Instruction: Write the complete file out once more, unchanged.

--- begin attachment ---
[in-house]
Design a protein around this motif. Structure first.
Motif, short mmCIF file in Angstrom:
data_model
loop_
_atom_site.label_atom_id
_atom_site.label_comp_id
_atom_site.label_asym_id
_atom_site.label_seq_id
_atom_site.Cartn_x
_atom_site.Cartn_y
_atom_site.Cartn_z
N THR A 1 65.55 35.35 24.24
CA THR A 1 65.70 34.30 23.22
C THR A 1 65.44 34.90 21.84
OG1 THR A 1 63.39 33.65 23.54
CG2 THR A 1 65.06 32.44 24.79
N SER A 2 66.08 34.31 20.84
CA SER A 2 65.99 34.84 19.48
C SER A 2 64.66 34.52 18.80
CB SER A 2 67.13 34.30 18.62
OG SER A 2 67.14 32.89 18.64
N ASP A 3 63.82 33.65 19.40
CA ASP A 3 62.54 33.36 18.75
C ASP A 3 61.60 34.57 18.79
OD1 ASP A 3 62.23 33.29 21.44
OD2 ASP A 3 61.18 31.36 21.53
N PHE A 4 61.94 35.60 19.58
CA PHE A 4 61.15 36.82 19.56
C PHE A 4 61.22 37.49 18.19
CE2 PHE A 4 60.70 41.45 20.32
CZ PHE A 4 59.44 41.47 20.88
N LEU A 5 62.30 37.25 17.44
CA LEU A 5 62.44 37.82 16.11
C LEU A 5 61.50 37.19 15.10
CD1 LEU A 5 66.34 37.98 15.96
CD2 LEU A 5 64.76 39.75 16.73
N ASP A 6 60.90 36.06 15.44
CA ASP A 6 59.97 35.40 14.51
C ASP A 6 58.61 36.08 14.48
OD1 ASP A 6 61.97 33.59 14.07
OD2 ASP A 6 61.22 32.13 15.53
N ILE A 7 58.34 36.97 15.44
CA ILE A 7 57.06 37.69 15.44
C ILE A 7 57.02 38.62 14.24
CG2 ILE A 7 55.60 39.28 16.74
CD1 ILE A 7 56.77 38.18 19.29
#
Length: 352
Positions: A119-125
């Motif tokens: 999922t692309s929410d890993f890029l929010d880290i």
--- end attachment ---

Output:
[in-house]
Design a protein around this motif. Structure first.
Motif, short mmCIF file in Angstrom:
data_model
loop_
_atom_site.label_atom_id
_atom_site.label_comp_id
_atom_site.label_asym_id
_atom_site.label_seq_id
_atom_site.Cartn_x
_atom_site.Cartn_y
_atom_site.Cartn_z
N THR A 1 65.55 35.35 24.24
CA THR A 1 65.70 34.30 23.22
C THR A 1 65.44 34.90 21.84
OG1 THR A 1 63.39 33.65 23.54
CG2 THR A 1 65.06 32.44 24.79
N SER A 2 66.08 34.31 20.84
CA SER A 2 65.99 34.84 19.48
C SER A 2 64.66 34.52 18.80
CB SER A 2 67.13 34.30 18.62
OG SER A 2 67.14 32.89 18.64
N ASP A 3 63.82 33.65 19.40
CA ASP A 3 62.54 33.36 18.75
C ASP A 3 61.60 34.57 18.79
OD1 ASP A 3 62.23 33.29 21.44
OD2 ASP A 3 61.18 31.36 21.53
N PHE A 4 61.94 35.60 19.58
CA PHE A 4 61.15 36.82 19.56
C PHE A 4 61.22 37.49 18.19
CE2 PHE A 4 60.70 41.45 20.32
CZ PHE A 4 59.44 41.47 20.88
N LEU A 5 62.30 37.25 17.44
CA LEU A 5 62.44 37.82 16.11
C LEU A 5 61.50 37.19 15.10
CD1 LEU A 5 66.34 37.98 15.96
CD2 LEU A 5 64.76 39.75 16.73
N ASP A 6 60.90 36.06 15.44
CA ASP A 6 59.97 35.40 14.51
C ASP A 6 58.61 36.08 14.48
OD1 ASP A 6 61.97 33.59 14.07
OD2 ASP A 6 61.22 32.13 15.53
N ILE A 7 58.34 36.97 15.44
CA ILE A 7 57.06 37.69 15.44
C ILE A 7 57.02 38.62 14.24
CG2 ILE A 7 55.60 39.28 16.74
CD1 ILE A 7 56.77 38.18 19.29
#
Length: 352
Positions: A119-125
């Motif tokens: 999922t692309s929410d890993f890029l929010d880290i």